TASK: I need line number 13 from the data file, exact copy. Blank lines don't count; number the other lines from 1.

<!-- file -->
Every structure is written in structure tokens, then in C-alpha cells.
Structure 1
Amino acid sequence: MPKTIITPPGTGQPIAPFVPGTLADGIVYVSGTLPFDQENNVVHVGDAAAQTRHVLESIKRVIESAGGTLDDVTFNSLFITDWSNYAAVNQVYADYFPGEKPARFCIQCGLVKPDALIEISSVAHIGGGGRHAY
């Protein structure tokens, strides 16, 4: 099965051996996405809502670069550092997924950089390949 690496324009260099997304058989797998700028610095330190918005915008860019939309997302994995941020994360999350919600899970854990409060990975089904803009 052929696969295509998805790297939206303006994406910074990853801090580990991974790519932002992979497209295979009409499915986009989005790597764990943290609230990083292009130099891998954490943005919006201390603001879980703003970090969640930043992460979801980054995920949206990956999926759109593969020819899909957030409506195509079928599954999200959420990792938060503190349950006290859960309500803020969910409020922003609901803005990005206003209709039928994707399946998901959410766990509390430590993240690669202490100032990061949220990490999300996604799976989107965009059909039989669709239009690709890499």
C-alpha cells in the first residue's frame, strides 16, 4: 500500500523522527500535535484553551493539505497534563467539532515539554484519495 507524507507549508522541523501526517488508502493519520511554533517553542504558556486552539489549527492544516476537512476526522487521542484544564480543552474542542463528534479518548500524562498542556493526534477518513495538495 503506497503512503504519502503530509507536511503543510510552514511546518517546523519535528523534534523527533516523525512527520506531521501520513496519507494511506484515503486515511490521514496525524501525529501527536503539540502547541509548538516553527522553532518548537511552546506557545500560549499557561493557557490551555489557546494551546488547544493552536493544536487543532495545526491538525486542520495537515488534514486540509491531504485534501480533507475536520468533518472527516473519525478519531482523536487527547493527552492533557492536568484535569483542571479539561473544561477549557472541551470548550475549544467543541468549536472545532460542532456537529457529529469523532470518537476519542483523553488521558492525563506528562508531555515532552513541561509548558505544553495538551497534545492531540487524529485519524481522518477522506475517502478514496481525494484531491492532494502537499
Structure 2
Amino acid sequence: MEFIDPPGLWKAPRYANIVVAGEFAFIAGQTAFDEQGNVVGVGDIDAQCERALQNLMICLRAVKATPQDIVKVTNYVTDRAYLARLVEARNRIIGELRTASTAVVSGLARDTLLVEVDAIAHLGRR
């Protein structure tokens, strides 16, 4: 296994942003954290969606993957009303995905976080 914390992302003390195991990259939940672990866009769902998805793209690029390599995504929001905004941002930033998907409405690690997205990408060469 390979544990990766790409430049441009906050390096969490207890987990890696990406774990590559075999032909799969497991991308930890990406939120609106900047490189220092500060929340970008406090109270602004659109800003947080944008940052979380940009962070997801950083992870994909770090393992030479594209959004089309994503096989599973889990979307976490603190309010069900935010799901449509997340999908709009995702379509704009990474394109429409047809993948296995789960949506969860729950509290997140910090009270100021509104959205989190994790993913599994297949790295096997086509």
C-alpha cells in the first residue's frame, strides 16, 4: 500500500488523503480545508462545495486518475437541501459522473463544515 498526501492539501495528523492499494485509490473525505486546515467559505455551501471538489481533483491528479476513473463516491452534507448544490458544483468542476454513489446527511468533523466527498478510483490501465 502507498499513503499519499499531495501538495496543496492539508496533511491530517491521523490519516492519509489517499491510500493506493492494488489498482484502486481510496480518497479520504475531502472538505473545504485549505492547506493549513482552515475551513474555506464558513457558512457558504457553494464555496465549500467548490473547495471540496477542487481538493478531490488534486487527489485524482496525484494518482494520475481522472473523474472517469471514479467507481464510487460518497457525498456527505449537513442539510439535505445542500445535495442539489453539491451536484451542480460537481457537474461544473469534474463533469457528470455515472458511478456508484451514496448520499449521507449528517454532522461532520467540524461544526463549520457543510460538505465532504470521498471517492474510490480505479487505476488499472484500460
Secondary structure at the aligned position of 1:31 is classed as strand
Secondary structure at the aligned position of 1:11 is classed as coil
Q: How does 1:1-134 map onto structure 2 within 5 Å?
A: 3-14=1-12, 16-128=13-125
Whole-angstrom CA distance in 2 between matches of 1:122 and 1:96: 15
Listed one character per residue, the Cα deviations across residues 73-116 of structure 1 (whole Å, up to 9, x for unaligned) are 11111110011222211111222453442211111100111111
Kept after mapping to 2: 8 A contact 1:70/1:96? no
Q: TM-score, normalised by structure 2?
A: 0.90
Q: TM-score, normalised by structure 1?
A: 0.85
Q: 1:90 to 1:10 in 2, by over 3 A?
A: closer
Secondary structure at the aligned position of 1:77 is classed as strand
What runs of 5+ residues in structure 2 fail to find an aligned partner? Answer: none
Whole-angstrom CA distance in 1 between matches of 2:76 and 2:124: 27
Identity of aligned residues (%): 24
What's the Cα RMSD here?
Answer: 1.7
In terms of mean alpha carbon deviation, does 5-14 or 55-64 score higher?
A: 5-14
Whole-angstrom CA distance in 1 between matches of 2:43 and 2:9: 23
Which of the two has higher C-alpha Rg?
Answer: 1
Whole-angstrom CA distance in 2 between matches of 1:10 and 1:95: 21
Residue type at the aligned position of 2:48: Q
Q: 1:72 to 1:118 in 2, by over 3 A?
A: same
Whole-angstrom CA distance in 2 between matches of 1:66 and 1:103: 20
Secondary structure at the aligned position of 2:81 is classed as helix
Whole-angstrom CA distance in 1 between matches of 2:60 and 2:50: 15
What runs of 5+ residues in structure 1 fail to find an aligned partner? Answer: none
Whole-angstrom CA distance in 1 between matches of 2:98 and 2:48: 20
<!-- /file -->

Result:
A: 3-14=1-12, 16-128=13-125